Staff who take up residence in a nursing home for even just a few days are better equipped to transform care delivery and how the actual residents experience it, two experts who have tried the technique said Tuesday.

Leslie Pedtke spent more than two decades as administrator of an Illinois nursing home, where she first asked staff to undertake an experiment in empathy in the early 2010s. Her team members were invited to move in for days-long stretches, adopt a diagnosis commonly seen in the facility and then go through all of the care processes and challenges real residents faced.

Being fed pureed food, going a day without having their teeth brushed and having to remain in a wheelchair until a lift could be arranged so changed her workers’ response to residents that she soon made a pre-orientation overnight stay a condition of employment. Having lost privileges and freedoms during their imagined illness, caregivers became more attuned with residents’ daily needs and delivered them with more compassion, Pedtke explained.

“If every nursing home would commit to doing an experience like this, of having their staff move in and live like residents, it would be life-changing,” Pedtke said during a webinar hosted by the Gray Panthers NYC. “That would change so much of everything that they do. I really do wish that more people would do it.”

Pedtke now owns a culture-change oriented consulting business and highlighted her employees’ experiences in a 2017 book called “Through the Looking Glass.”

She launched the staff-stay program after the death of a beloved resident. Pedtke found herself wondering if her patient had been lonely, if her needs had been met and if she’d had the dignity she deserved at her life’s end.

“Culture change and person-directed care isn’t an easy thing to really teach to our staff because we’ve been doing things the same way for so long that it’s hard for many of us to really think outside the box,” Pedtke said. 

“When we think about long-term care, we think about all these people that are living together and all the staff that are around us, and we hear a resident say to us ‘I am just so lonely here,’” she added. “To really learn empathy, you have to walk in their shoes.”

Pedtke was joined by Jeffrey Ahl, who founded the firm arCuretecture after traveling to nursing homes and staying in them to understand how various physical spaces really served residents.

Walking in their shoes

He stayed at seven facilities over five months, living as a resident would for three days at time — which included taking baths when staff would sometimes open the door to the hallway while he was indisposed.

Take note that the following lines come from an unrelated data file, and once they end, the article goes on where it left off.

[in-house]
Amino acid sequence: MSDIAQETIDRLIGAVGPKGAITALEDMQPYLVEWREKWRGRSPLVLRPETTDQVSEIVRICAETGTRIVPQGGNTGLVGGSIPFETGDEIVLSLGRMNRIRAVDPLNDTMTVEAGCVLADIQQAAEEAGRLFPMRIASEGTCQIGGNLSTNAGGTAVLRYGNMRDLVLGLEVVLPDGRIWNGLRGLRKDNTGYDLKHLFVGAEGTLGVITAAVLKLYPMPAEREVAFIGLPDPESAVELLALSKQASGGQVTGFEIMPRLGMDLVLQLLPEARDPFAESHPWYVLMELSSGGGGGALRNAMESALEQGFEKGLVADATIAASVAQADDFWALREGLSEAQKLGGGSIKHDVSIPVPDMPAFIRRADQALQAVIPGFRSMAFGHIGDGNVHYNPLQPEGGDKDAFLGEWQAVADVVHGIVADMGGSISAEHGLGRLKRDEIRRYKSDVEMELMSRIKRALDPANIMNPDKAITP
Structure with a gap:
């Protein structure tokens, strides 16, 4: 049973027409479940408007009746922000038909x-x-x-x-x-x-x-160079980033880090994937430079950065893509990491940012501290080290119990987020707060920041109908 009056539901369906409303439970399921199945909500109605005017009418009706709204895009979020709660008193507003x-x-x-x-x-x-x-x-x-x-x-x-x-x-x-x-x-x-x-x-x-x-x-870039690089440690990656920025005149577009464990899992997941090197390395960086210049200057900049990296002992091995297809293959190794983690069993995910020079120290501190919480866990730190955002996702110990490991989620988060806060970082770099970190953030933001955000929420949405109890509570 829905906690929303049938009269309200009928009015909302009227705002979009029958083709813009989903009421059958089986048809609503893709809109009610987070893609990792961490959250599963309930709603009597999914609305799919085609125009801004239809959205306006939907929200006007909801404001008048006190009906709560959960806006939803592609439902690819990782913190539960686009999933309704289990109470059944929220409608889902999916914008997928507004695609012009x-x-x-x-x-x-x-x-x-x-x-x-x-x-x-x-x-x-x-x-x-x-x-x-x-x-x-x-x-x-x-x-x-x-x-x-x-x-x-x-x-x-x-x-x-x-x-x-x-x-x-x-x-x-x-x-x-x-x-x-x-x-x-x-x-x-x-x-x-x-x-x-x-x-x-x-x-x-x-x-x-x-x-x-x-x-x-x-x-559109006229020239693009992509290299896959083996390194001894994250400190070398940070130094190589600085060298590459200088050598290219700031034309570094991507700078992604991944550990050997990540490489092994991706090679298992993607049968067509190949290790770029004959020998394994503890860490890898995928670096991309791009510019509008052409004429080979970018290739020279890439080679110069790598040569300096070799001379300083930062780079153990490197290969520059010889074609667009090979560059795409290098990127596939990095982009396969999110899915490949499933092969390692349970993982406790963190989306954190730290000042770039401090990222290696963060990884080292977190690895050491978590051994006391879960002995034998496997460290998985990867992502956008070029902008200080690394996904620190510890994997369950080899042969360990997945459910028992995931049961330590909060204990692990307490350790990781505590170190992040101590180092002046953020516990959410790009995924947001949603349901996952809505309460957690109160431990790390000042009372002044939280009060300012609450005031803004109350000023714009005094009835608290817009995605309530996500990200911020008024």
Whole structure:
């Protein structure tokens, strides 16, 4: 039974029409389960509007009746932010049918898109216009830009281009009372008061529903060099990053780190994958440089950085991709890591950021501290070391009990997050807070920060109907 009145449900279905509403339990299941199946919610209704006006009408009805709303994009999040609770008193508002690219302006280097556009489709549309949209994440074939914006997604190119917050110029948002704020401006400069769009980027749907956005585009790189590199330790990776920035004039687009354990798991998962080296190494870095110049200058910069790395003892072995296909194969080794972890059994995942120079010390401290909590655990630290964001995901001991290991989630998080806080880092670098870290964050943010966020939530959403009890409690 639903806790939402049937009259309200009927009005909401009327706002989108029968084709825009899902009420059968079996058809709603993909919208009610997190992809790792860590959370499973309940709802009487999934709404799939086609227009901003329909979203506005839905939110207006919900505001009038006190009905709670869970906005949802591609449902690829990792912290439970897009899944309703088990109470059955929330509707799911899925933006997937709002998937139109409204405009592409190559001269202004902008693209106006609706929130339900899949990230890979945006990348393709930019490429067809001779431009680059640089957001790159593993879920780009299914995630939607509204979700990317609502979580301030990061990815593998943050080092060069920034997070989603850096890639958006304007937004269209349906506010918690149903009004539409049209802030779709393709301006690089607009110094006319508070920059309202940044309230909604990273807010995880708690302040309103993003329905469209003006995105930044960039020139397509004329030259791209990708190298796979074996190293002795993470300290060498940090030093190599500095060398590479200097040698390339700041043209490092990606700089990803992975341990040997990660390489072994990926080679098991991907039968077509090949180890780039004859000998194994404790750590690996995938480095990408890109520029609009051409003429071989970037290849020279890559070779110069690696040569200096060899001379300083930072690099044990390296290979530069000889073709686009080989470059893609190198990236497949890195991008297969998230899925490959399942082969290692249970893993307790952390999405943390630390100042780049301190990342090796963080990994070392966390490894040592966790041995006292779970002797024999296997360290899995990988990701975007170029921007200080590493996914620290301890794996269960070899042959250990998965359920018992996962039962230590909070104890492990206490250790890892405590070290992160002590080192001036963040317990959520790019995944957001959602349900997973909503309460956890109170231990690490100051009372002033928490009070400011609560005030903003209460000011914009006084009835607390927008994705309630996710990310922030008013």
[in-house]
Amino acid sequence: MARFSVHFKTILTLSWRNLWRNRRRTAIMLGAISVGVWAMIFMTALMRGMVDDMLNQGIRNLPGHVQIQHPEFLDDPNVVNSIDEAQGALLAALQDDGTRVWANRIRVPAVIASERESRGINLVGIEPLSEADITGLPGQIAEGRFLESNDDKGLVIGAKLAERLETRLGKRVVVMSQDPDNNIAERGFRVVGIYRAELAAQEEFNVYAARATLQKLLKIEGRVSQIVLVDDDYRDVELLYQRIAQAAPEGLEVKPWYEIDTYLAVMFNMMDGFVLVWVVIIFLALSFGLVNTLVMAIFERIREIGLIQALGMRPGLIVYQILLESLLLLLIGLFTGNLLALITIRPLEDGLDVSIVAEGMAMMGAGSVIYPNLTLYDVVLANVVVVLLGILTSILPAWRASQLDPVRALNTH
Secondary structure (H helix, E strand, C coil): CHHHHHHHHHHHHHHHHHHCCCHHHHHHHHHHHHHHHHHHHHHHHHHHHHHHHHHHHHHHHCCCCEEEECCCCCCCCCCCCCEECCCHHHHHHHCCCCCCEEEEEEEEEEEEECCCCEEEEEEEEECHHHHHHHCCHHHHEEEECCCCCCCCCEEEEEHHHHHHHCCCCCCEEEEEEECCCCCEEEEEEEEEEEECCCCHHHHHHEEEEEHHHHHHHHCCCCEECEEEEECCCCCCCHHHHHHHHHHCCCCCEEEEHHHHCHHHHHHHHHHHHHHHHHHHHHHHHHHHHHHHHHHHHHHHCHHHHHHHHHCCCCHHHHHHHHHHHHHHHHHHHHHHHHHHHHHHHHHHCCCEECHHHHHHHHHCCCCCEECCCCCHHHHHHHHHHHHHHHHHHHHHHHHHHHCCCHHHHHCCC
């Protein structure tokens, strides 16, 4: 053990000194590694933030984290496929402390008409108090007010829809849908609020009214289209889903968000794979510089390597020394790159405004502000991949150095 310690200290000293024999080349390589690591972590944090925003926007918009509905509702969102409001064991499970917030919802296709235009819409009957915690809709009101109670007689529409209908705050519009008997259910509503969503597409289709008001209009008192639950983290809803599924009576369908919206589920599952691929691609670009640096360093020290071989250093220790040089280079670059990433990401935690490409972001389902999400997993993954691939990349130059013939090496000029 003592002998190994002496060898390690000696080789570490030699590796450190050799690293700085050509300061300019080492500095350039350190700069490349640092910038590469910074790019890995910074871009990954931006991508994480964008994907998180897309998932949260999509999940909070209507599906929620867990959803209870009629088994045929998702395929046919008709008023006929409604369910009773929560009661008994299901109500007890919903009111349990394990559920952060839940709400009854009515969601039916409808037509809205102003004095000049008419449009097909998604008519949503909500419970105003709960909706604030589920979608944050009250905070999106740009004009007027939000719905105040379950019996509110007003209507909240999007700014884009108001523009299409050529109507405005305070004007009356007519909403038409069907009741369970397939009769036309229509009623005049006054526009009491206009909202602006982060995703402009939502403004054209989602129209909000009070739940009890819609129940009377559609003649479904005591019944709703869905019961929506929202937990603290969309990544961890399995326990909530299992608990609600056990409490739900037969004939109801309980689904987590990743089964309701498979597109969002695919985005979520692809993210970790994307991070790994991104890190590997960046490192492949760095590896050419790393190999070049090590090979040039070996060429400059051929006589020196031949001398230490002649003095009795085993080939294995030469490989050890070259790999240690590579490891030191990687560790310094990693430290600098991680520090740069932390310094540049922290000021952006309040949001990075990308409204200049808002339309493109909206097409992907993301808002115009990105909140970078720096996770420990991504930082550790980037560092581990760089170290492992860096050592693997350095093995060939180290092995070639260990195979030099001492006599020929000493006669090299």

“We found that 85% of the issues that I dealt with had nothing to do with architecture and everything to do with culture and relationships,” Ahl recounted. “That really changed my direction. … I have to take it away from what I’m thinking and try to understand how that [resident] is thinking about that and try to understand where they come from — the lenses, the filters that they’re looking through.”

For Ahl, the best spaces allow staff and residents to engage in both private and communal spaces in ways that can encourage real communication and engagement. 

The Gray Panthers have been hosting monthly webinars on ageism, and long-term care in particular, since the second year of the pandemic. Their goal is to highlight positive solutions.

Pedtke said that staff residency was embraced by residents and young workers, especially those who weren’t quite sure how to talk to older residents outside of conversations about care. She shared videos of participants explaining how being deprived of things they loved — even a Big Mac — could have made them upset or sad. 

That new perspective not only helped workers better connect with residents, Pedtke added. They also became a more cohesive team, and turnover in the facility fell. That was helped by the later use of overnight stays as part of the onboarding process; Pedtke said that helped ensure new hires would fit in with the culture the building had worked hard to create.

“Culture change and person-directed care isn’t an easy thing to really teach,” she acknowledged. “We’ve been doing things the same way for so long that it’s hard for many of us to really think outside the box and do something that’s different.”

A supportive, immersive experience, however, can do much of the teaching itself by delivering insights naturally. Pedtke said she remained aware of only a “handful” of facilities that have used the “looking glass” approach but encouraged others to give it a try as a way to improve staff and resident morale.